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How to Become an Operations Consultant

Learn how to become an operations consultant. Research the education requirements, training information, and experience required for starting a career in operations consulting. View article »

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  • 0:00 Becoming an Operations…
  • 0:45 Career Requirements
  • 1:38 Step 1: Earn a…
  • 2:19 Step 2: Gain…
  • 2:46 Step 3: Obtain an…
  • 3:14 Step 4: Earn Certification

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Video Transcript

Becoming an Operations Consultant

Similar to a management consultant or analyst, an operations consultant is a type of research analyst who uses data models to help an organization's management streamline and improve operations. They may help increase business efficiency, reduce costs, and improve responsiveness to customers. Operations consultants may work independently or as part of consulting firms, and their career paths can vary according to specialization or industry.

Operations consultants are often self-employed, allowing them to choose their clients, work load, and schedule. They also travel a great deal, spending time both at their clients' facilities as well as at their own office.

Career Requirements

Median Salary (2015)* $78,630 per year (for operations research analysts)
Degree Level Bachelor's degree required; some employers may prefer candidates with master's degrees
Degree Field Business administration, management science, or a related field
Certification Voluntary certification may offer increased job opportunities
Experience 5+ years in business operations
Key Skills Strong critical thinking, analytical and math skills; excellent written, verbal and interpersonal communication skills; ability to develop relationships with clients and vendors; proficiency with spreadsheets, databases, and the Microsoft Office Suite

Sources: *U.S. Bureau of Labor Statistics, Institute of Management Consultants USA, Online job postings (February 2013), Payscale.com (July 2015)

Step 1: Earn a Bachelor's Degree

According to the U.S. Bureau of Labor Statistics (BLS), aspiring operations consultants should look for programs with a strong foundation in statistics, business management, and information technology. Some business administration programs offer a specialization in operations management, and students can develop expertise in quality control, logistics, and supply chain analysis, as well as accounting and economics. Prospective consultants may also consider management science bachelor's programs, which typically include classes in production and operations management, information technology, and systems analysis. A few schools offer bachelor's programs in operations research as well.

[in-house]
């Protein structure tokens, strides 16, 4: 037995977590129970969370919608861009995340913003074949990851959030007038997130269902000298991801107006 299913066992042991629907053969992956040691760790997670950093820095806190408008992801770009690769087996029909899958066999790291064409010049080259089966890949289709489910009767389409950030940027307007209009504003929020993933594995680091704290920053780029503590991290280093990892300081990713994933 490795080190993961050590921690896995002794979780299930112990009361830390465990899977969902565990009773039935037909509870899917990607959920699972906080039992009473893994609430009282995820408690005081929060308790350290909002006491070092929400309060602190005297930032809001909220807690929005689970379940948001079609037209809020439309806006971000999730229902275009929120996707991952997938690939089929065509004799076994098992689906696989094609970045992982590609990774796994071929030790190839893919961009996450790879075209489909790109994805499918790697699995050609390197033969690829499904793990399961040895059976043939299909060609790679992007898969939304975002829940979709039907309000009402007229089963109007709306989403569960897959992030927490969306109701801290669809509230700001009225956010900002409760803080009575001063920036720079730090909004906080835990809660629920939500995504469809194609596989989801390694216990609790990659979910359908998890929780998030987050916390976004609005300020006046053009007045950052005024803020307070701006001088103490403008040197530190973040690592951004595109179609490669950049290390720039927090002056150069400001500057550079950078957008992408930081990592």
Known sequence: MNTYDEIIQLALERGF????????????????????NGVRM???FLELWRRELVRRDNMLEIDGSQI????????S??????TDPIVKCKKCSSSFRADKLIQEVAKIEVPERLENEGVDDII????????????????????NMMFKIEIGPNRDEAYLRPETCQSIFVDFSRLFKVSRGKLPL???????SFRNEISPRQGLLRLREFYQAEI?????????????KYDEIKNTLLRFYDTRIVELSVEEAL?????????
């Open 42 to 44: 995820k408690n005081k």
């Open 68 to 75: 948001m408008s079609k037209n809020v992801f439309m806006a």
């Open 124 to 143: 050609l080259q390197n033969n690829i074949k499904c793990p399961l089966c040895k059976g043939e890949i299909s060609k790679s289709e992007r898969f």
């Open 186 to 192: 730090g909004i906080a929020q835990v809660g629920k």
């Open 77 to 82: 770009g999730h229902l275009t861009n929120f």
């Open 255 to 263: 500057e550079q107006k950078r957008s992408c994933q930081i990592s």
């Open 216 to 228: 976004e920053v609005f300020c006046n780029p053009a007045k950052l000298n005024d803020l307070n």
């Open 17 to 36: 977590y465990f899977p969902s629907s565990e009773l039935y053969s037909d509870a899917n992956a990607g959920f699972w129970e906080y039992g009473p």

Find schools that offer these popular programs

  • Actuarial Sciences
  • Business and Commerce, General
  • Business Statistics
  • Customer Service Management
  • eCommerce
  • Logistics, Distribution, and Materials Management
  • Management Science
  • Office Management
  • Operations Management
  • Public and Nonprofit Organizational Management
  • Purchases, Acquisitions, and Contracts Management
  • Transportation Management

Step 2: Gain Professional Experience

Most employers require candidates to have at least five years of relevant professional experience. After graduating from a bachelor's degree program, aspiring operations consultants may find entry-level work in a variety of closely related fields, such as business analysis. Common responsibilities for business analysts can include assessing operational effectiveness, recommending process improvements, and preparing reports for senior-level review.

Step 3: Obtain an Advanced Degree

According to the BLS, some employers prefer hiring applicants with master's degrees in business administration or related fields, including operations and operational excellence. These programs can help students gain in-depth knowledge of management theories, communication strategies, leadership, ethics and advanced problem-solving techniques. Some schools list work experience as one of the eligibility requirements for entry into their programs.

Step 4: Earn Certification

Although gaining certification is not necessary to work as an operations consultant, it may offer a competitive edge in the job market, since it demonstrates professional expertise and a strong commitment to the profession. Common certifications for consultants include the Certified Management Consultant (CMC) credential offered by the Institute of Management Consultants USA, the Certified Business Consultant credential offered by the Business Training Institute and the Certified Six Sigma Black Belt (CSSBB) credential.

Requirements for becoming certified vary depending on the organization issuing the certification. In general, an individual must meet experience and education requirements, complete an application, submit the required fee, and pass a certification test.

Success Tip:

Research renewal requirements. Most certifications are only valid for a few years. Candidates typically need to complete a set number of continuing education or professional development activities during that time in order to renew their certifications.


To secure an operations consultant position, obtain a bachelor's degree, get some real-world experience, obtain an advanced degree, and get certified.

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